First, what is the problem? Racism has been a huge topic in Romancelandia over the past few weeks with the blow-up in the RWA stemming from systemic racism and (I think) money struggles. But it’s not just about race – as romance writers, we’re very aware of the prejudice against and for gender as well. There’s sexuality (LGBT, polyamory, asexual) inclusion or exclusion. There are body issues, such as able-ism and weight-ists. And then there’s a wide range of issues involving the way the brain works, such as depression, bi-polarism, autism and even simpler things such as extroversion and introversion.

One of the things I came to realize over the past few weeks is that most of us want to be known as nice, and “good” girls or boys or people. We want to swim along in society, helping out others, or at least not hurting people, and not getting hurt. “You’re X-ist!” can be a real slam to one’s self-image – maybe not equal to the first slam of “You’re Other!” that the accuser may have originally felt, but still hurtful.

But saying, “this book is a fucking racist mess” is NOT the same as saying “you are a fucking racist mess.”

I know, I know. Book babies feel like children, and casting shade on one’s books can be very hurtful. But, it’s important to both frame things as “this action is X-ist” and also take the criticism as a critique about an action or behavior, and not as a personal judgement on one’s humanity.

Now, of course, if a pattern starts to manifest of X-ist actions and behaviors, people will probably be thinking, “Oh, Mx. X is an X-ist.” And they might be right. So, maybe the first step is Continue reading

Elizabeth: Friday Writing Sprints

Happy Friday!  I’d like to say I had an extremely productive week, getting lots of writing done and tasks completed.

Sadly, that would be a  work of fiction.  In reality, I spent far too much time this week falling down the rabbit-hole that is Twitter following the RWA implosion.

On the plus side, I’ve been exposed to a whole new set of writers and learned a lot.  On the day job front, this week been a combination of wrapping up 2019 end-of-year stuff and doing 2020 planning.  We always say we’re going to get the planning all taken care of in November so we can hit the new year running, but it never, ever happens that way.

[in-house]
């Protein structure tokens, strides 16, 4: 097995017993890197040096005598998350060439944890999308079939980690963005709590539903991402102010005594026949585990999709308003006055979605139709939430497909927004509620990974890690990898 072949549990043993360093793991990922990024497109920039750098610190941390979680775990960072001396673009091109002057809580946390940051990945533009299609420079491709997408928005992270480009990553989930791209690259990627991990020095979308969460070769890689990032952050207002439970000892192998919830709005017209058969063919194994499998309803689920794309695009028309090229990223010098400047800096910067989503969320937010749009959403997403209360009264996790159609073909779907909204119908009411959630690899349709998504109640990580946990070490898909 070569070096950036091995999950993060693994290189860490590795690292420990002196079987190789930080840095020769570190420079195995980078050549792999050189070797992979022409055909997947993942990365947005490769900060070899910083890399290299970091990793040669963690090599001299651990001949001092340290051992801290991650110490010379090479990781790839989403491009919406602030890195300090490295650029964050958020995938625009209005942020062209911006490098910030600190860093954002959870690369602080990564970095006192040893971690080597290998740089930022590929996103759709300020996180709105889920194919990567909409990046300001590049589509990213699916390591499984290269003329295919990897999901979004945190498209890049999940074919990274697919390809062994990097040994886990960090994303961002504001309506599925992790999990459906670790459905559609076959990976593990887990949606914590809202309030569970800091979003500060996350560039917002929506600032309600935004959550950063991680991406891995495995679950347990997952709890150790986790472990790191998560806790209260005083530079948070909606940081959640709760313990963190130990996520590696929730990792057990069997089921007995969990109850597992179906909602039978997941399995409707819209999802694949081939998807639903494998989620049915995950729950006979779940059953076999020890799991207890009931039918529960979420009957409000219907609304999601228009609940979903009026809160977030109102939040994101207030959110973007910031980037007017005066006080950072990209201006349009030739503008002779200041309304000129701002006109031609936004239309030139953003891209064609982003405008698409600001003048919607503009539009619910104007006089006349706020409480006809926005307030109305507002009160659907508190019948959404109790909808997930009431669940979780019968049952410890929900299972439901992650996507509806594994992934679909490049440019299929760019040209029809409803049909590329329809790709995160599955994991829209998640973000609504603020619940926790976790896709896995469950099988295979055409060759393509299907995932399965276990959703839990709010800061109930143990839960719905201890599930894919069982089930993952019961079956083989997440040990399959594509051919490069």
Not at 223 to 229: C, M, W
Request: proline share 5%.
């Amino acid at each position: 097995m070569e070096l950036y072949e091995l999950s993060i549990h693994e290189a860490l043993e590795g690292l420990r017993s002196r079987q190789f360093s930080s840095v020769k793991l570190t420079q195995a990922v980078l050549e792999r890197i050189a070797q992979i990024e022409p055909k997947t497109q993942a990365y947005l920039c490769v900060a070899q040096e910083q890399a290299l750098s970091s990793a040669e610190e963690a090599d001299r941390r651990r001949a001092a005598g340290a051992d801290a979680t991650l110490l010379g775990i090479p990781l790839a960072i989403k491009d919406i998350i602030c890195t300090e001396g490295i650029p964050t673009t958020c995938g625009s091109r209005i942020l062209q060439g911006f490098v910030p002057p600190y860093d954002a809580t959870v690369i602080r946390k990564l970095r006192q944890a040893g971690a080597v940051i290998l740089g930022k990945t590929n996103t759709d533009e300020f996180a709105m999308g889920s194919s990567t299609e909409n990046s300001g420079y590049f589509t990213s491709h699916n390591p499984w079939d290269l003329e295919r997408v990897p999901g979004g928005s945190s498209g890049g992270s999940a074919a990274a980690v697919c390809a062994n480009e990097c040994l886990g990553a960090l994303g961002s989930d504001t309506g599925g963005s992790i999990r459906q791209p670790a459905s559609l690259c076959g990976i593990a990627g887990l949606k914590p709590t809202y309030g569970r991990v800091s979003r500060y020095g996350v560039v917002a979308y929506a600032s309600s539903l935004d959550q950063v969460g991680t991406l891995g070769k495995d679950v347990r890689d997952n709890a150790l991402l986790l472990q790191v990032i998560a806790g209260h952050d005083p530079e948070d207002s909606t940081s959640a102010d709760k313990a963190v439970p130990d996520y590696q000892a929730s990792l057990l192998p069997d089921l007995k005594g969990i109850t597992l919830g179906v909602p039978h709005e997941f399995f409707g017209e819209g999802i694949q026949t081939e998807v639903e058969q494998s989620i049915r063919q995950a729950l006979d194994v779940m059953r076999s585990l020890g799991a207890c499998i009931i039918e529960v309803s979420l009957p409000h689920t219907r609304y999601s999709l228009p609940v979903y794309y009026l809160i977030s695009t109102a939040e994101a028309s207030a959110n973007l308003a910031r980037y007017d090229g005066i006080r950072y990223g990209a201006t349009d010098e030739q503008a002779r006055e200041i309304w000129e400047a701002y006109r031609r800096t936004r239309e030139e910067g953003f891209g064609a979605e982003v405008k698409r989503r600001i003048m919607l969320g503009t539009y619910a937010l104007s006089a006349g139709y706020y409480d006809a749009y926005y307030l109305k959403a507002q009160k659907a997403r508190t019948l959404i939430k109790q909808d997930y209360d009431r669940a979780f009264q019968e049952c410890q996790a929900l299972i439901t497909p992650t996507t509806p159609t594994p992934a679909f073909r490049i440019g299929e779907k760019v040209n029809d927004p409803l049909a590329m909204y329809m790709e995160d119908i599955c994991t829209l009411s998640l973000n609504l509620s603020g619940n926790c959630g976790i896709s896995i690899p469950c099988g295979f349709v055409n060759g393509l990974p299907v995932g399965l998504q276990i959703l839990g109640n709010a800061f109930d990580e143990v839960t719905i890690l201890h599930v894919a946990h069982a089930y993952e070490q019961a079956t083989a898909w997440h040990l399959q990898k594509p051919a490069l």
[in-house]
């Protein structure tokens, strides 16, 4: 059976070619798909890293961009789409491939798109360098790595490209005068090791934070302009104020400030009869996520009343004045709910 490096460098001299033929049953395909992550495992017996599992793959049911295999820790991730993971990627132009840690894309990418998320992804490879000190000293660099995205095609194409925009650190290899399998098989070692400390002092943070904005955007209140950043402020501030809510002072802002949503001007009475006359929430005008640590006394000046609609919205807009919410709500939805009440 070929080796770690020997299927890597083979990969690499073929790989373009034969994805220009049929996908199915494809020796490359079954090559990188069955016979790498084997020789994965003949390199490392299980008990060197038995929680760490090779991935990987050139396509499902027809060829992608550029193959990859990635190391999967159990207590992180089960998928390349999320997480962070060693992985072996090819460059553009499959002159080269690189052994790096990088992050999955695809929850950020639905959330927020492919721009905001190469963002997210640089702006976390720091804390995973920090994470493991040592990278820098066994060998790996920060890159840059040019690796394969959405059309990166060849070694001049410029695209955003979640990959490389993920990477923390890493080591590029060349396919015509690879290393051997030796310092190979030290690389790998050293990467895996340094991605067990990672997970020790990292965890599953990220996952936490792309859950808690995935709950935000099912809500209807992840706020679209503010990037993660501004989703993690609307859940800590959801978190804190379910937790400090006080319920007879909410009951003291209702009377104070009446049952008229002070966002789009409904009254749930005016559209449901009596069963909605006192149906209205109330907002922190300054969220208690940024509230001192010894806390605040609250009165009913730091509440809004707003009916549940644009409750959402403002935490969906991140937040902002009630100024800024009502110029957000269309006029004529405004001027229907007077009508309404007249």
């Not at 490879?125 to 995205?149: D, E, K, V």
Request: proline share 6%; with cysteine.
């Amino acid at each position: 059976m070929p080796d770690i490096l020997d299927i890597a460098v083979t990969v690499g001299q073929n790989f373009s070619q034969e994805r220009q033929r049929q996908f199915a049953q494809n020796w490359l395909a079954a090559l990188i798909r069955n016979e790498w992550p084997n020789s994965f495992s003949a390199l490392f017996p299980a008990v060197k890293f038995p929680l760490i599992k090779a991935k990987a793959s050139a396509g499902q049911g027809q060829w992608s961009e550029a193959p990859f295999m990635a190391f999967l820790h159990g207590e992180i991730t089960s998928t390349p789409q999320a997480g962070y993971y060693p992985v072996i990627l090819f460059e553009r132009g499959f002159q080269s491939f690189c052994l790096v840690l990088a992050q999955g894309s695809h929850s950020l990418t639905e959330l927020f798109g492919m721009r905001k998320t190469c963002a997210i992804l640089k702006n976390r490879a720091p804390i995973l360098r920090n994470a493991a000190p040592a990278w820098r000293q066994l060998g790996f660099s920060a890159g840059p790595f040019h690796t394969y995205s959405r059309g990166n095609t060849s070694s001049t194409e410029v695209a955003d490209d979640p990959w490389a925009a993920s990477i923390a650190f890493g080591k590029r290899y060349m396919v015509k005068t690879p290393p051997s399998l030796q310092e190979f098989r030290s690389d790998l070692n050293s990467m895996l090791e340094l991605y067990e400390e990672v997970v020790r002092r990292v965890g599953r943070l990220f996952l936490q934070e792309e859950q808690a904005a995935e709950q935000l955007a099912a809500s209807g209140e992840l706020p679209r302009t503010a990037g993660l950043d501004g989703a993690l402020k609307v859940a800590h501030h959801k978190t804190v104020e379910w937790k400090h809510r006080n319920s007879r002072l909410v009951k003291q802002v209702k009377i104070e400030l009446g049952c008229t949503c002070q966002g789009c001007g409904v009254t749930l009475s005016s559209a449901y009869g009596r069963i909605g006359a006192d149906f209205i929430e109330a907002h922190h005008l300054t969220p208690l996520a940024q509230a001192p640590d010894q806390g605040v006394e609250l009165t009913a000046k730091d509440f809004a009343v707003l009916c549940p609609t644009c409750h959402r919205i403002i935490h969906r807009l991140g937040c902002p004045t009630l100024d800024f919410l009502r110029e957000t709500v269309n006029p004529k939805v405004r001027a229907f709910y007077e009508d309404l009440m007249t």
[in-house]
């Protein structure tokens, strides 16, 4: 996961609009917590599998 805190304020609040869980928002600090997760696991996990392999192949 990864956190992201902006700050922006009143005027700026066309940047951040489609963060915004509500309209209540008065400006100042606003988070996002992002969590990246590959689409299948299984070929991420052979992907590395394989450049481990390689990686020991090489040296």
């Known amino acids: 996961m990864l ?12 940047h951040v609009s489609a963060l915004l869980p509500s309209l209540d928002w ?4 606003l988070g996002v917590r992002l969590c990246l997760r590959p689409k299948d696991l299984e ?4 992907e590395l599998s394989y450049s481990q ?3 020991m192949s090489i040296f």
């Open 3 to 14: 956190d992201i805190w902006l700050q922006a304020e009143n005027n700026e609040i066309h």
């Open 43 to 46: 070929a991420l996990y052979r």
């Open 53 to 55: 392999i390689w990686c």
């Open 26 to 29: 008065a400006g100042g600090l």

One bit of 2020 planning that I did manage to take care of this week was getting my calendar set.  I’ve scheduled regular days off each month and blocked off specific writing times.  I’ve also blocked Friday afternoons off for “quiet time” so I can get things done without interruptions – all part of my less stressful / more productive 2020 plan.  We’ll have to wait and see how that all works out.

I’m thinking this Friday’s quiet time will be a the perfect time to give today’s writing prompt and/or random words a try.

Care to join me? Continue reading

Kay: I Blame Jennifer Crusie

For the last couple of decades, I’ve traveled during the holidays, enduring the long lines at the airport, the crowds, and the bad tempers that the season seems to bring out in revelers. This year I stayed home. I went to a small dinner party, I had a couple of people over, and on New Year’s Eve, I stayed home and watched most of Good Omens with David Tennent. I thought I’d probably get the new year off to a good start if I had good omens.

Alas for my other activity, reading. I spend two weeks reading. A lot.

No good omens there.

Continue reading

Elizabeth: Goodbye 2019 and RWA?

With the champagne all drunk, the countdown completed, and kisses exchanged, the book has officially closed on 2019.  It was very good year for several of the writers here on the blog who successfully launched books into the hands of eager readers; it was not, however, such a good year for Romance Writers of America.

As Jeanne mentioned in her post yesterday, the implosion of RWA started on Christmas Eve when details about the RWA’s handling of ethics complaints against popular author Courtney Millan were made public.   Following what happened next has been like watching an accident on the side of the road – horrifying, but hard to look away from.

While media coverage has focused on Milan’s comments about the racist elements of a specific book, the chain of events initially began months before with a series of tweets highlighting concerns about the biases of a specific acquisitions editor at a publishing company.  Many twitter followers appear to have weighed in on the subject, sharing their views, and at some point, both the publisher (who hired the acquisitions editor) and the author of the book that was called out filed ethics complaints with RWA.

What ensued was a series of events that I doubt even the most creative fiction writer could have come up with:   Shadow ethics committee.  Re-written policies.  Resignation.  Censure.  Backpedaling.  Mass resignations.  Uproar.  Chapter statements.  Petitions.  Cancellation of the RITAs.  And thousands and thousands of tweets.  If someone was intentionally trying to destroy the organization, I don’t think they could have done a better job.  And RWA has seemed intent on fanning the flames. Continue reading